- Introduction to Using a TPS EAD while Holding Nonimmigrant Status
- Using a TPS EAD While on Nonimmigrant Status that Limits or Prohibits Employment
- Hardship Waivers for F1 Students
- Advice for using a TPS EAD while Holding Separate Nonimmigrant Status
A person with a valid nonimmigrant status may apply for and be granted temporary protected status (TPS). One of the principal benefits of TPS is that a person on TPS may apply for and be granted an employment authorization document (EAD), which allows for employment in the United States. However, certain nonimmigrant statuses that may be held in conjunction with TPS (e.g., F-1, B-2) limit or outright prohibit the employment that a status-holder may engage in and continue to maintain status. USCIS addressed how it will handle these situations in a 2015 FAQ.1 This article will explain USCIS' guidelines for TPS EADs for persons who hold a nonimmigrant status that either limits or prohibits employment.
The first question on the USCIS FAQ is:
“Can someone with a non-immigrant status (e.g. F-1, B-2, etc.) apply for TPS? If so, will having or using a TPS-related EAD affect his or her status?”
To understand the question, let us focus on the two statuses USCIS suggests as examples. F-1 (F1) status allows for limited on-campus employment and authorized practical training. B-2 (B2) visitor status does not permit employment in the United States at all.
USCIS states that a person who holds both TPS and a nonimmigrant status must comply with the rules for the nonimmigrant status in order to continue to hold both statuses. Therefore, if a person holding F1 status engaged in employment authorized with a TPS EAD but not under his or her F1 status, he or she would have violated the F1 status. The same holds true for a person on TPS and B2 status who engages in any employment in the United States. A B-1 (B1) business visitor would be considered to have violated his or her B1 status by engaging in employment with an EAD obtained along with TPS.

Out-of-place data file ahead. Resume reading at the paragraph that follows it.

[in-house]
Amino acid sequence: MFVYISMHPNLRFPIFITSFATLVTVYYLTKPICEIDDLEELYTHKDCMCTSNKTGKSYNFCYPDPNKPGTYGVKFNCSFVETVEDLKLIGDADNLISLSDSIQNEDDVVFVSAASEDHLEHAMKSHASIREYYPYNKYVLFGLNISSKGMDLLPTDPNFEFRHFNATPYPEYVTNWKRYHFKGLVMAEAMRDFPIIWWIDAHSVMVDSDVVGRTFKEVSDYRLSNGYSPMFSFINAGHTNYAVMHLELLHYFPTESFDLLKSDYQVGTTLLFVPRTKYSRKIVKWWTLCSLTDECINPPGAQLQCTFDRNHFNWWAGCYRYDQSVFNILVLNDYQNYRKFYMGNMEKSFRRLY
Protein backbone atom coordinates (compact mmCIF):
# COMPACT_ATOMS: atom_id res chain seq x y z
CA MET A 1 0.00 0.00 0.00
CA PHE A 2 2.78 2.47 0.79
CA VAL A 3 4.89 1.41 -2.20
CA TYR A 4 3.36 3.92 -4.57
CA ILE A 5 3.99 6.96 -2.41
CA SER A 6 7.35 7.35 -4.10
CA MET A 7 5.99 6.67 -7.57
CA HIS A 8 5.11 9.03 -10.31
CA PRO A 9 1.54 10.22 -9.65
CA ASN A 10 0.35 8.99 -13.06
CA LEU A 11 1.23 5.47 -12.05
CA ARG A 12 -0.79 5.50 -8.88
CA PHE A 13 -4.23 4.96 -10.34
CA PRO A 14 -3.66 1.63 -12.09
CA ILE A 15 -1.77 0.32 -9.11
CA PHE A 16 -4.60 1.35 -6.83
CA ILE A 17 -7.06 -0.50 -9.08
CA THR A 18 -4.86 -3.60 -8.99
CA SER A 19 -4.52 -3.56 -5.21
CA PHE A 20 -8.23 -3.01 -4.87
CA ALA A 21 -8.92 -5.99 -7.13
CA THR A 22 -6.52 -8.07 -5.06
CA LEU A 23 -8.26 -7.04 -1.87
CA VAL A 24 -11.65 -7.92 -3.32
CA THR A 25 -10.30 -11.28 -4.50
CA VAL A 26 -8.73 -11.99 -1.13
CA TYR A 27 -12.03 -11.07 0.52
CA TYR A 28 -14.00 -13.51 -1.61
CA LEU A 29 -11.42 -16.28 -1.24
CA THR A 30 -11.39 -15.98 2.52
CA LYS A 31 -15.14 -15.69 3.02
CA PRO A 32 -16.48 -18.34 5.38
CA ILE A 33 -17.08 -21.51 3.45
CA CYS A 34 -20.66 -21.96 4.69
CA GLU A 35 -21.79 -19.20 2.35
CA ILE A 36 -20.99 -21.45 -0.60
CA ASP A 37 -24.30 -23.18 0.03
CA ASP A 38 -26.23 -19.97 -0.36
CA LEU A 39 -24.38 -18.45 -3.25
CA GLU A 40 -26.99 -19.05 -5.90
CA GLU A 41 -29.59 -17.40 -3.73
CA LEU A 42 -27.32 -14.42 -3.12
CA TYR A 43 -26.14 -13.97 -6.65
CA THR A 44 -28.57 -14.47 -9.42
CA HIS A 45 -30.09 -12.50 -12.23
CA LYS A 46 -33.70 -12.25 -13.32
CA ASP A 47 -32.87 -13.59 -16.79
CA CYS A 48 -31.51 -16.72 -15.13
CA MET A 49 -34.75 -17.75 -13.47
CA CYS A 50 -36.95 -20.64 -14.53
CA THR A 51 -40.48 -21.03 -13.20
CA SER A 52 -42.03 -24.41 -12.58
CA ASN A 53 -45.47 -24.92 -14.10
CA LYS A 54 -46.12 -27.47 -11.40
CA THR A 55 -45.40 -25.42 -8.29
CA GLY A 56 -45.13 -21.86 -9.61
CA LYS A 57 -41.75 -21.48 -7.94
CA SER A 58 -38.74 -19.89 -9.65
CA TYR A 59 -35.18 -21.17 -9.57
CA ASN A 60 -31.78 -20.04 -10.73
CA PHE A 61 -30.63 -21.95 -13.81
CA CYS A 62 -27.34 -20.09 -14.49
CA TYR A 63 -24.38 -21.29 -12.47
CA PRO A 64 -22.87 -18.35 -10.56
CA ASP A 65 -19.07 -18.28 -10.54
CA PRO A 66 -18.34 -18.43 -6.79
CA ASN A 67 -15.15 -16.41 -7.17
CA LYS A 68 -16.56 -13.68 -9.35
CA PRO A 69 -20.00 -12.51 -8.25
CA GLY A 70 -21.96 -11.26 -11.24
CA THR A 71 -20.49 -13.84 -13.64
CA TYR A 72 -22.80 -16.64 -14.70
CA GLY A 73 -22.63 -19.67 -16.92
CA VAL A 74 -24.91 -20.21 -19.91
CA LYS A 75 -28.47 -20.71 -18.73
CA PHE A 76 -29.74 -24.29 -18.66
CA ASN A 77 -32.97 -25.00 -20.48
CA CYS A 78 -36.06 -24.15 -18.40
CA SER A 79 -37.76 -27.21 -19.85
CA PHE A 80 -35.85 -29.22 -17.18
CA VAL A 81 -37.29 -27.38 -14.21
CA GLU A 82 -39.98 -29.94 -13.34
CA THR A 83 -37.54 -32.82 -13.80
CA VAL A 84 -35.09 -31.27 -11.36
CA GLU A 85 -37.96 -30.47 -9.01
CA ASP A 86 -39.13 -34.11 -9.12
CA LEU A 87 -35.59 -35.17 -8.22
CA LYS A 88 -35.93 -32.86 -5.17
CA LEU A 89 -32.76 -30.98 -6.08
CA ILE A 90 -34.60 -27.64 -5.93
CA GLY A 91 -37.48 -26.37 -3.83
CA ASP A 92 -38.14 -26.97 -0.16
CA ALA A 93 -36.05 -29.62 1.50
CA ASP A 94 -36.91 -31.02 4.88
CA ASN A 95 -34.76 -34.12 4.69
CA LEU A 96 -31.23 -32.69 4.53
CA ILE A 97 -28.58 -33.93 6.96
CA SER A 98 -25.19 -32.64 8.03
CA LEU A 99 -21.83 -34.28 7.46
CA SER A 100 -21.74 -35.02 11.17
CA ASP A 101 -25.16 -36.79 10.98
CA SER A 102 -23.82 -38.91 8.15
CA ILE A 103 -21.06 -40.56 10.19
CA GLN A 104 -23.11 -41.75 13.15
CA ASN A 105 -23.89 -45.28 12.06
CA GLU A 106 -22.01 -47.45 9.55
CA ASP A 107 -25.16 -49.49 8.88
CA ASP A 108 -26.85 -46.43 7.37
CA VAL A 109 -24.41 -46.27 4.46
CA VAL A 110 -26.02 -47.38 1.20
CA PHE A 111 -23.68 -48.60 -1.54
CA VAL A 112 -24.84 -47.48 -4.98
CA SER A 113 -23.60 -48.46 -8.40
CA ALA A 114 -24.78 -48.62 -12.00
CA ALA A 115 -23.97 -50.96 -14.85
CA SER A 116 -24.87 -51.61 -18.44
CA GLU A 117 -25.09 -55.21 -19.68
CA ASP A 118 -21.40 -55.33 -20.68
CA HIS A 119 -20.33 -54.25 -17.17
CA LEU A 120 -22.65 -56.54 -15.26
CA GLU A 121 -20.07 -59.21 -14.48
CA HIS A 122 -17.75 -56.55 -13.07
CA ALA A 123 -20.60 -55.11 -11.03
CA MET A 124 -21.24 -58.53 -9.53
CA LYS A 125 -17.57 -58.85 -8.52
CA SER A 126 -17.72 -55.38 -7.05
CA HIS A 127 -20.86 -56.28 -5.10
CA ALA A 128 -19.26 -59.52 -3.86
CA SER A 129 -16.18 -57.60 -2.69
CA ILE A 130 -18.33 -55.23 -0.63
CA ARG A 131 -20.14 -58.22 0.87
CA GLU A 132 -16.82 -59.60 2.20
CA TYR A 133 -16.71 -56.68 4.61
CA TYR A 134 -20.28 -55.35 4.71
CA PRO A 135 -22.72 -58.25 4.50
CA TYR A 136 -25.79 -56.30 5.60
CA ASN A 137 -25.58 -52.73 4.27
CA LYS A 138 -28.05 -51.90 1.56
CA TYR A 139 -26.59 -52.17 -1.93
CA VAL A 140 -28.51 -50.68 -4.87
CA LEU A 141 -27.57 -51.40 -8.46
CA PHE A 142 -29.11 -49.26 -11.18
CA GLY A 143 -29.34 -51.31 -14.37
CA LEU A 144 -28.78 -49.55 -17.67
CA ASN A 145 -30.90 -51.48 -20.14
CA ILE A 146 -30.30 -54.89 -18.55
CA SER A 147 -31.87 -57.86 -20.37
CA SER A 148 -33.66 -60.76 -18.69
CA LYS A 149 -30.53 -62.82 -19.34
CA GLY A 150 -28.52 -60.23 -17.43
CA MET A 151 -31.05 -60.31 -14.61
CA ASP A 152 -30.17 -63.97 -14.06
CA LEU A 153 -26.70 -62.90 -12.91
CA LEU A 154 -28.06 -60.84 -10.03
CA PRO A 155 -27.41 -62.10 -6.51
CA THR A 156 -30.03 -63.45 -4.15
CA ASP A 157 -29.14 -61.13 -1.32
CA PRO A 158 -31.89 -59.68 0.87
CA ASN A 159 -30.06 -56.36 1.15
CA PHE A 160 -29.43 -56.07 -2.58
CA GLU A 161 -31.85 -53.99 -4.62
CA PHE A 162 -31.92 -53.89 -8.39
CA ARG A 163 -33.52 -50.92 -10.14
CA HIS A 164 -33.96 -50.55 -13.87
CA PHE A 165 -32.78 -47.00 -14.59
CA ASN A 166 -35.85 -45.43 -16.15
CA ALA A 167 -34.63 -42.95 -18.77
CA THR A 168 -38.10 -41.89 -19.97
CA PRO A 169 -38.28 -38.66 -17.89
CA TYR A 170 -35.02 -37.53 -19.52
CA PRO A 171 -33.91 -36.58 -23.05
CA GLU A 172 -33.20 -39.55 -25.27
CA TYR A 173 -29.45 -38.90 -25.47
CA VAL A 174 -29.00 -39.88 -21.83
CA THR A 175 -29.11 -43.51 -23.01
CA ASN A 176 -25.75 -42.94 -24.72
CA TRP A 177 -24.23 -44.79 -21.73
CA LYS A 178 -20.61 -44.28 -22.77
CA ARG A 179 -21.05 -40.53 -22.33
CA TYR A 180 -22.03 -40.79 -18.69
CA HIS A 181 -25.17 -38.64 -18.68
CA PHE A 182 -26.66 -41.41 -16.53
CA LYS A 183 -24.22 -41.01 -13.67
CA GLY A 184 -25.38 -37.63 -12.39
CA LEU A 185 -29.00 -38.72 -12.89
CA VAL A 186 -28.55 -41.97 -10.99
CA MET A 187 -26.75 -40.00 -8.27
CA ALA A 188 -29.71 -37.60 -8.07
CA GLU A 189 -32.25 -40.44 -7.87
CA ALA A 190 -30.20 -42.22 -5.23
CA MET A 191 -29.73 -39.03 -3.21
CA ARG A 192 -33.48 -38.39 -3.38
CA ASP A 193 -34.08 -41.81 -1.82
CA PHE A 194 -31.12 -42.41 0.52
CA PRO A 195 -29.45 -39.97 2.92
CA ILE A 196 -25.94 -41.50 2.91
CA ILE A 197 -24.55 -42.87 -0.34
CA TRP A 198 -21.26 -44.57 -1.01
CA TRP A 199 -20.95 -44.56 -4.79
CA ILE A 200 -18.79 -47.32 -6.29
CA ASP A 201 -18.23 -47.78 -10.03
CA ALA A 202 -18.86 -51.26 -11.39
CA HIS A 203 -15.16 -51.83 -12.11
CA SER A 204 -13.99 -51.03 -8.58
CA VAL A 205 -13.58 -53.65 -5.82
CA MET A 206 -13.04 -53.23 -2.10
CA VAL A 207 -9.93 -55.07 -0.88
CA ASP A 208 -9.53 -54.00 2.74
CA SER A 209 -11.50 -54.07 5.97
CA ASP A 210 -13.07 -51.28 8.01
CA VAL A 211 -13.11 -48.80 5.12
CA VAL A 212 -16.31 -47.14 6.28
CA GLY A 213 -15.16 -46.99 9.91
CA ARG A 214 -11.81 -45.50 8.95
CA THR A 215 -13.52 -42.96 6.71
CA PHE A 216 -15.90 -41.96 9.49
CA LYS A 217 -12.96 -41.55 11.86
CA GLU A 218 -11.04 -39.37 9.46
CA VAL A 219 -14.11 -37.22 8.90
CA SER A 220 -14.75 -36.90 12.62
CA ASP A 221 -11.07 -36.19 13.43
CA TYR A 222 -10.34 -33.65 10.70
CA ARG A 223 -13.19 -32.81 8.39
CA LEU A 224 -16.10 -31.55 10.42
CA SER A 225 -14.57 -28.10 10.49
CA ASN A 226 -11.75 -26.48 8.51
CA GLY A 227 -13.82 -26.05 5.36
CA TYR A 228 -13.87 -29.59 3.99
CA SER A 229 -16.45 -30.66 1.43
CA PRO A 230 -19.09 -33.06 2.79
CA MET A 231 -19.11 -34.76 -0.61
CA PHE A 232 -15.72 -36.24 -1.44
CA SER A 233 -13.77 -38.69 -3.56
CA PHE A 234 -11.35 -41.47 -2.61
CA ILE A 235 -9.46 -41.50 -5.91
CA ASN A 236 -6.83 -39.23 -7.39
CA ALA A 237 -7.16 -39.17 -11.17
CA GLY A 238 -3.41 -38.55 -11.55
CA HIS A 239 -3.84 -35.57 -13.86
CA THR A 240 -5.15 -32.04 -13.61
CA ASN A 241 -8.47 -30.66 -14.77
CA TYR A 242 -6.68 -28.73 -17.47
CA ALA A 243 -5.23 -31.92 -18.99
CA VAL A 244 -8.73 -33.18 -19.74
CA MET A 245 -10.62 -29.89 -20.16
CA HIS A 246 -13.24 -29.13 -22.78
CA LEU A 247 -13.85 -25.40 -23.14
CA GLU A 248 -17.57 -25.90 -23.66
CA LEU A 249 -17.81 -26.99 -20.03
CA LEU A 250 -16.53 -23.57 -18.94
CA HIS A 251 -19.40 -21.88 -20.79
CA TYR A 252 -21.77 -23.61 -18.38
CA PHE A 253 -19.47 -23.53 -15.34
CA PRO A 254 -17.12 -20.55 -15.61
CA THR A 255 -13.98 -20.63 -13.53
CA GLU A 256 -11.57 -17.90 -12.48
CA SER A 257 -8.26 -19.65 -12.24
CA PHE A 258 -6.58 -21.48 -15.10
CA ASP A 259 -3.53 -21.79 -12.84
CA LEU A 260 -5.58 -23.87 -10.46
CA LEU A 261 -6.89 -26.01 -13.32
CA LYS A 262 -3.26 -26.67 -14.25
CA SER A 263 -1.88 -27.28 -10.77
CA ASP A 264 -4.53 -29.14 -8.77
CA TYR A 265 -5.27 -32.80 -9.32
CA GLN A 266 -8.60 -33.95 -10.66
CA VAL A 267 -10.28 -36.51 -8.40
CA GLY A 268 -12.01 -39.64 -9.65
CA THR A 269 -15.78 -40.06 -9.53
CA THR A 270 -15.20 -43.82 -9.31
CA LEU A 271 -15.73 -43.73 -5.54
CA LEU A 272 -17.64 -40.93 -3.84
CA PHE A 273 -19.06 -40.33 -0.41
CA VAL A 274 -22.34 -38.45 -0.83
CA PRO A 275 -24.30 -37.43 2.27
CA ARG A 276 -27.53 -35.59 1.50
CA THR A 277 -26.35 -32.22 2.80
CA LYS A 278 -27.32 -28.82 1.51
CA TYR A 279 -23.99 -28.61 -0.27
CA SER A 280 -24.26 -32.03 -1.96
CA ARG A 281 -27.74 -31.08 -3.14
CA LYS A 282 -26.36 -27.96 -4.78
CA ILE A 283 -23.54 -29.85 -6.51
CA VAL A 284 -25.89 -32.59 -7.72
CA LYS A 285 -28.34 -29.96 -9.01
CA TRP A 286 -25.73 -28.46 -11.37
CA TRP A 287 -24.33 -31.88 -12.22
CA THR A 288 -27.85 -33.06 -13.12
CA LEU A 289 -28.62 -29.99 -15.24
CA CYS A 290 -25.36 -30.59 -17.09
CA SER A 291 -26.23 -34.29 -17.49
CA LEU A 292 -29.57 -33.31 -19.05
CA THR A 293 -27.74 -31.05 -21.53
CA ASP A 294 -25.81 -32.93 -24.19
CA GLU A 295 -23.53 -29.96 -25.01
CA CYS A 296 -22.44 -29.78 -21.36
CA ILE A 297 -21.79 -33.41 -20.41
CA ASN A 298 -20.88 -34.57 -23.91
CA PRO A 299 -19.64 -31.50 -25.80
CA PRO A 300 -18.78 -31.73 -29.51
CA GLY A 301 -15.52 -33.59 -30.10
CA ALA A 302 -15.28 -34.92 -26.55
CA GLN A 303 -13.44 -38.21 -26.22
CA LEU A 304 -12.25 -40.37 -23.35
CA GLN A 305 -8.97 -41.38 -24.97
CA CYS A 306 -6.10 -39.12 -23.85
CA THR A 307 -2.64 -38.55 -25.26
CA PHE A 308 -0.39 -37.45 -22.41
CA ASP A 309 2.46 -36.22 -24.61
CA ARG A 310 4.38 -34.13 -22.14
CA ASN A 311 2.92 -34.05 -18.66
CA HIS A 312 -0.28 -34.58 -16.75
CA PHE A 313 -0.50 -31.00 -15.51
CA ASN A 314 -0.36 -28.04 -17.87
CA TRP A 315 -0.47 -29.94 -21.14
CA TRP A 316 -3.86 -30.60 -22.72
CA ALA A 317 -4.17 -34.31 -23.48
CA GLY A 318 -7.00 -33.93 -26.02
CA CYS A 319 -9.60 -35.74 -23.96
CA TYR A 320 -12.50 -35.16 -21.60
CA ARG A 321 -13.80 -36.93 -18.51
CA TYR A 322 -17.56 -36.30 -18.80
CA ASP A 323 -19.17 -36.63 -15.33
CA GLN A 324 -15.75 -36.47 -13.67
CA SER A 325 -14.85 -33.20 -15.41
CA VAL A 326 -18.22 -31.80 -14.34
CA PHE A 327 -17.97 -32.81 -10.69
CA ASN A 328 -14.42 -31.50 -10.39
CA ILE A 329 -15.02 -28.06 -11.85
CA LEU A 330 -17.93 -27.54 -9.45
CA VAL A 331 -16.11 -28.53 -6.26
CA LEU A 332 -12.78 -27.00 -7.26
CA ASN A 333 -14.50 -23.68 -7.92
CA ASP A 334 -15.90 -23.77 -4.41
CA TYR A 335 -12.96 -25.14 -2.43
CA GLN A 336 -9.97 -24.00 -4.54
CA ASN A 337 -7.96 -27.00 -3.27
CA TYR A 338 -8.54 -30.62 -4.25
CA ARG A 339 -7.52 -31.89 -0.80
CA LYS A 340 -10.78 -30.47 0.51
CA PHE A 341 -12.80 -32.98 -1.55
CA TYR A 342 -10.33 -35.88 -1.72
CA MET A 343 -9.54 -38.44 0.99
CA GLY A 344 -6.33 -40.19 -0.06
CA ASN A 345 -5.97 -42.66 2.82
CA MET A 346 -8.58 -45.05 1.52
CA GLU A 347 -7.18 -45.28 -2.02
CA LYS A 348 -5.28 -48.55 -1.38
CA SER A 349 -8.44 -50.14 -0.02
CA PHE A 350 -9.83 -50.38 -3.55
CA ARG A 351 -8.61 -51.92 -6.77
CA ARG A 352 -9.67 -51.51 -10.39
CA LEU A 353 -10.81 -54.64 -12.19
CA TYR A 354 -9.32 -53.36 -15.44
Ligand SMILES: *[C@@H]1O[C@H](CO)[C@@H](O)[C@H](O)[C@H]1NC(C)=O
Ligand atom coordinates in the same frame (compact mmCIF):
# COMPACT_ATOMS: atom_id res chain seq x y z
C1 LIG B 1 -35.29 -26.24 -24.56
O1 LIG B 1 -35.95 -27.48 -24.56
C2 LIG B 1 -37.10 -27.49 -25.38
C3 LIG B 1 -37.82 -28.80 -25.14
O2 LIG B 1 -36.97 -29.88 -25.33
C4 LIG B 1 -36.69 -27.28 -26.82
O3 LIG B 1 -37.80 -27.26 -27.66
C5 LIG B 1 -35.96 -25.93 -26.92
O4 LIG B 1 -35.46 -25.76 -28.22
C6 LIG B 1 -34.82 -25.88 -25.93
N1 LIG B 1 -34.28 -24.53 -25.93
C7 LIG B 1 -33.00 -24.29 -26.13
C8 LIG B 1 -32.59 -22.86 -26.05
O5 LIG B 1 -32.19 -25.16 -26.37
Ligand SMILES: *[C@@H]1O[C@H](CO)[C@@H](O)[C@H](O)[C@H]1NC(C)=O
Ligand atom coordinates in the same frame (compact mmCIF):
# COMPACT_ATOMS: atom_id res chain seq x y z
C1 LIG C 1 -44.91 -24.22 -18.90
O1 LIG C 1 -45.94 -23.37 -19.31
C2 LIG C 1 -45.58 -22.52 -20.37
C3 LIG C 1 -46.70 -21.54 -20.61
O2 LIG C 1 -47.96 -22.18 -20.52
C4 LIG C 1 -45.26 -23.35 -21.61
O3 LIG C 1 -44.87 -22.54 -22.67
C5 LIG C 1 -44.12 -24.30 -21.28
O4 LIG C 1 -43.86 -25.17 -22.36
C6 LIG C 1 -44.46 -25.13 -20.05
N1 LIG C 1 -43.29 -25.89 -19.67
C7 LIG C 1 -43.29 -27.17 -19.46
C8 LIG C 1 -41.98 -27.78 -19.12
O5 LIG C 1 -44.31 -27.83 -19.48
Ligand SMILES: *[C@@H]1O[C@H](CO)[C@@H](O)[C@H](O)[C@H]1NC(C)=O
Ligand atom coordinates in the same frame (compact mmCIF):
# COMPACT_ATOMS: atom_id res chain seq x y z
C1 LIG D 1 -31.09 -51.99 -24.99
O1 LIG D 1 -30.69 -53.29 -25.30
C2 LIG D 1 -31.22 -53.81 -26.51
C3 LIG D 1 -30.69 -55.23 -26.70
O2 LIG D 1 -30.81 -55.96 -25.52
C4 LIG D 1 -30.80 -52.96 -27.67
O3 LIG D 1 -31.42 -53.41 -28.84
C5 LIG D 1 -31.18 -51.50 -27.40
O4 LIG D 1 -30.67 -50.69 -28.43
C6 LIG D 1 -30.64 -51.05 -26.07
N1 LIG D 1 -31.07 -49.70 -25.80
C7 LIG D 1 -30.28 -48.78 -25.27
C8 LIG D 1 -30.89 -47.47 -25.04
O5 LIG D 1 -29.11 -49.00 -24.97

In order to continue to maintain both statuses, the status-holder must comply with the rules guiding TPS and the second status. In practice, this means that a person with an EAD from his or her TPS who also is in a nonimmigrant status must be cognizant of the limitations the nonimmigrant status places upon employment. Thus, in a different example, if a person holds both TPS and H-1B (H1B) status, the status-holder would not be able to work for a new employer and continue to maintain H1B status unless he or she obtains authorization to do so by taking advantage of H1B portability.
An F1 student may apply for a severe economic hardship waiver in order to seek approval to engage in employment that would not normally be consistent with the maintenance of F1 status.2 Holding TPS status does not in and of itself have an effect on an F1 student's chances for approval of a severe economic hardship waiver. Given the circumstances that would lead to an F1 student being granted TPS, he or she may have grounds for being approved for a severe economic hardship waiver (although approval depends on the specific facts of the student's situation, not that the student was approved for TPS). An F1 student in this situation should consult with his or her designated school officer and with an experienced immigration attorney.
USCIS has decided that, although two of the benefits of TPS are the ability to simultaneously hold a nonimmigrant status and the ability to obtain an EAD, holding and maintaining a nonimmigrant status is a limitation on a major benefit of TPS. It seems like an odd policy to hold that one benefit of TPS limits a different and central benefit of TPS, and it would not be surprising to see this policy changed in the future. However, unless the policy is changed by USCIS or by an administrative or judicial body, it is important for persons who hold TPS and a nonimmigrant status to understand where USCIS stands on the issue in order that they may maintain both statuses.
A person holding both TPS and a nonimmigrant status should consult with an experienced immigration attorney before utilizing an EAD that he or she obtained as a benefit of TPS. The rules regarding authorized and unauthorized employment are specific to each nonimmigrant status.
An F1 student who is subsequently approved for TPS and believes that he or she may be eligible for a severe economic hardship waiver should consult with an experienced immigration attorney in order to determine whether an application would be appropriate.